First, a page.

Just a few more things to understand on your disk mirroring. If I understand correctly, mirroring on the disk level just merely brings the DBs/Logs to a different SAN location. Say if you primary location has an indefinite power outage (or assume its one day), how would you made sure the SQL can be brought up in say, the next hour or so. Do you have another SQL box at your DR location ready and connected to that replicated SAN disks? Do you re-attach the DB? What about the SAN zoning to the disks? Do you already have fibre laid to the SAN at DR site?
From what I can see, you can replicate an active DB across to another SAN but cant have any SQL connects to the DB. The disk mirroring basically just replicate contents across.
I appreciate you sharing your experience. It would help me to think of different approaches. I’m very interested to know how you would be able to bring up your DBs in layout you’ve mentioned.
There are many ways to write the connection string, but below is one example. In this example 'ServerA' is the principal, 'ServerB' is the mirror, AdventureWorks is the database when using Windows Authentication to connect to the SQL Servers:
"Data Source=ServerA;Failover Partner=ServerB;Initial Catalog=AdventureWorks;Integrated Security=True;"
Below are some more helpful links that might answer most of your questions\concerns.
http://msdn2.microsoft.com/en-us/library/ex6y04yf(vs.80).aspx (What's new in ADO.net 2.0)
http://msdn2.microsoft.com/en-us/library/5h52hef8(VS.80).aspx (Connection String Info)
http://msdn2.microsoft.com/en-us/library/system.data.sqlclient.sqlconnection.connectionstring(VS.80).aspx (SqlConnection.ConnectionString Property )
I attempted to implement DM on a 3-box workgroup using the GUI wizard, but failed, apparently because the wizard's logic does not work for workgroups. So next I tried to implement Michael Merriil excellent script for non-domain DM. Everything worked fine (endpoints, certificates, etc.) until it came to actually setting up the mirroring. Then it failed again.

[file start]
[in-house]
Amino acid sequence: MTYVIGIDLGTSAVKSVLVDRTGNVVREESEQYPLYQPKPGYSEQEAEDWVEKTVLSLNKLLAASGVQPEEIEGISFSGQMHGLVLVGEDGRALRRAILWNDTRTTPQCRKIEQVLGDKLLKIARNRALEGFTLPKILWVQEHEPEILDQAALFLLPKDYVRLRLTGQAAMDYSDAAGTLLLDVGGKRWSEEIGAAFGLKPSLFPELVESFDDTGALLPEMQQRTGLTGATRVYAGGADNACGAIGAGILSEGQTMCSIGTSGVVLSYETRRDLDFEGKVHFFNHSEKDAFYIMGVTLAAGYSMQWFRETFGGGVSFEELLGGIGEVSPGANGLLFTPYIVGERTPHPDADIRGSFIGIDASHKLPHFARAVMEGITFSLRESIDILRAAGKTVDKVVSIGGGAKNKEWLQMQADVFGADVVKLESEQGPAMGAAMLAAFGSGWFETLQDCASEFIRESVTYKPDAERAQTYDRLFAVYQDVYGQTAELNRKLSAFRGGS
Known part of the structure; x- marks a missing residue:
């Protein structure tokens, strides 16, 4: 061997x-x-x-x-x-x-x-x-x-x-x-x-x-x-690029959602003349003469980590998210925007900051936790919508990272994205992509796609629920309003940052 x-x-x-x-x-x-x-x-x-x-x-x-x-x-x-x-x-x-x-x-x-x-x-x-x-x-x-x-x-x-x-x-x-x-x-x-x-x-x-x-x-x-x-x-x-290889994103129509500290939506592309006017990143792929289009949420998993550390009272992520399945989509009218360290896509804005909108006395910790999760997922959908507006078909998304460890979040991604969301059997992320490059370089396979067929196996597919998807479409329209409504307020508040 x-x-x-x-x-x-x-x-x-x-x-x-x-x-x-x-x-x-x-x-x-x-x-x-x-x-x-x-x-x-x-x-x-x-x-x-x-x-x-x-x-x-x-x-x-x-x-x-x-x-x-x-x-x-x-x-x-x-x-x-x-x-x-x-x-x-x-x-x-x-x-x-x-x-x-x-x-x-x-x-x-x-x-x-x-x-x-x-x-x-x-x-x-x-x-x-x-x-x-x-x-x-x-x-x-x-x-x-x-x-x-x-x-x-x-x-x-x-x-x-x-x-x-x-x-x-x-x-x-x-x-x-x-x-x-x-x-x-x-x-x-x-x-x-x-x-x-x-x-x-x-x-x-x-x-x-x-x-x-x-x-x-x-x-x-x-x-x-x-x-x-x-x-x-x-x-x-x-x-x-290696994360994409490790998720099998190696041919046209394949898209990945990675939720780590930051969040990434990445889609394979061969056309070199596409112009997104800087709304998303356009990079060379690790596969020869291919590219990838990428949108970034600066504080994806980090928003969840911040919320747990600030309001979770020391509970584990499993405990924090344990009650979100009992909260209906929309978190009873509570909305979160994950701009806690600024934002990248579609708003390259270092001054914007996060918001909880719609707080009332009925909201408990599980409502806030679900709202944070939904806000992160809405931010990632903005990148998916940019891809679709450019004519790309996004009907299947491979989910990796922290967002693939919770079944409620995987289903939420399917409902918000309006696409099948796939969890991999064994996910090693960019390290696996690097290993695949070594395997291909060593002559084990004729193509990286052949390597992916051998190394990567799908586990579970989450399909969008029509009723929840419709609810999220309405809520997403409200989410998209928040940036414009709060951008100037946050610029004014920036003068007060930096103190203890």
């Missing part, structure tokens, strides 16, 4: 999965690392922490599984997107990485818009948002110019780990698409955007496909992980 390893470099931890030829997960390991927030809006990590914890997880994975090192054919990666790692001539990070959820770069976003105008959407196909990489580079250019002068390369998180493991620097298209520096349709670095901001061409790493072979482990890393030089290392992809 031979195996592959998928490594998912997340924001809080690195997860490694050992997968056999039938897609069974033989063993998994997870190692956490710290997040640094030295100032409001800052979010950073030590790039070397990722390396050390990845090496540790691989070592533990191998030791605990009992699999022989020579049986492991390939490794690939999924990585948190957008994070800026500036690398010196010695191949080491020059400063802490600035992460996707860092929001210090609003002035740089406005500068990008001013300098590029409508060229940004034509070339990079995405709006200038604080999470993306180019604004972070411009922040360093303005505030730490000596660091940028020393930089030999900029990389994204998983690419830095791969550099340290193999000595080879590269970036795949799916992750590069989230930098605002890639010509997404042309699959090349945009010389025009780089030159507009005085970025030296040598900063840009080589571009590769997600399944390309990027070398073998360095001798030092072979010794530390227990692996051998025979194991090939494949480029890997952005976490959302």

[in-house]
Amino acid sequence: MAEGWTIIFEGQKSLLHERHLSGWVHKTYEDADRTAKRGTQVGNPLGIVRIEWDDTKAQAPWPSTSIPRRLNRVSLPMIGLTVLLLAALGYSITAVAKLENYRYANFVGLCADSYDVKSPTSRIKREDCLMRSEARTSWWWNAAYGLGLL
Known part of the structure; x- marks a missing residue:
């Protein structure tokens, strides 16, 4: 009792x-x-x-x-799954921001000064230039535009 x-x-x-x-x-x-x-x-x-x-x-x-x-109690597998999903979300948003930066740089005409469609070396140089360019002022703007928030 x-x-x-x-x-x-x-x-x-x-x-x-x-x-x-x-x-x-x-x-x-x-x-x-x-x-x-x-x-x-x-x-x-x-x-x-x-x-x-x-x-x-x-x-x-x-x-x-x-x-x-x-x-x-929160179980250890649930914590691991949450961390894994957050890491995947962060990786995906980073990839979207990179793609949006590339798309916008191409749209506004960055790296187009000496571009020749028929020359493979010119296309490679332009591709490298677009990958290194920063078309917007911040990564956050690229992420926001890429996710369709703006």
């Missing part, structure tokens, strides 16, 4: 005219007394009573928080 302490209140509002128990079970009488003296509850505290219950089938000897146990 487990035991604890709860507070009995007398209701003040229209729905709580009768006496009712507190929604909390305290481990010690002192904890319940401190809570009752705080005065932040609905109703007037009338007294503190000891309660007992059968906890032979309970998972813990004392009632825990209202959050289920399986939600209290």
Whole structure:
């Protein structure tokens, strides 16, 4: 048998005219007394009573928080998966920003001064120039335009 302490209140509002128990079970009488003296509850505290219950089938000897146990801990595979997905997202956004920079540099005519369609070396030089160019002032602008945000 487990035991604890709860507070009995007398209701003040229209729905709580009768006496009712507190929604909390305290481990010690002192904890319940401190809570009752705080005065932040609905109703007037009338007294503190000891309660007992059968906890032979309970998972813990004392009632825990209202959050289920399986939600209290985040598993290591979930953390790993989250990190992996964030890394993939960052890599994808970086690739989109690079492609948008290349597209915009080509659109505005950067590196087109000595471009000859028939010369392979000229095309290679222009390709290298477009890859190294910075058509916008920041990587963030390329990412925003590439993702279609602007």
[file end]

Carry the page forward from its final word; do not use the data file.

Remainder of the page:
I am wondering if it has to do with the presence of named instances. For example the primary is called jaguar/sql05dev. The primary box also has another instance jaguar/sqlexpress. The other boxes also have named instances, although only one SQL 2k5 instance exists on each. Anyway, I am suspicious of
alter database aspnetdb set partner = 'TCP://192.168.1.4:5022' as there is no named instance specification.
How do I specify a named instance with the IP address notation?
That's correct at the DR site there is an identical server where all volumes are replicated at the disk level from one SAN to another SAN over two OC3 pipes using SRDF/A. The DR server does not have the disks mounted, they are unmounted and a series EMC commands are run to mount the volumes. The DR SQL Server is configured as follows:
One time setup -- Use a temporary volume to install SQL Server service using same instance name and path as primary site. Set SQL Server service to manual at DR site, remove temporary volume, setup SRDF/A to replicate all volumes except the OS this includes the system databases (master...). The repliated volumes remain unmounted. In event of disaster or during several annual tests run EMC scripts to mount the volumes, start SQL Server service and swing DNS entry. When SQL Server comes online its a mirror image of primary site SQL Server. The actual time it takes to mount the volumes is almost instaneous. The disk replication is within one minute of the primary site and setup to be consistent across a set of disks. The particular setup we are running is nothing speical in that you can have EMC design a identical solution. Here's one more cool thing about using SAN based replication. Since its a SAN based solution we use the same technique for all of servers including Unix, Windows, web, app and of course SQL Server. On the Web and App servers we maintain dark servers and replicate teh boot partition i.e. the C drive. Because of MS cluster setup at the primary site and the lame setup of storing IP Addresses as part of the cluster configuration we cannot replicate the boot partitions of the SQL Servers. Although we have replicated boot partitions for non-clustered SQL Servers in the past, however as I now longer have non-clustered SQL Servers.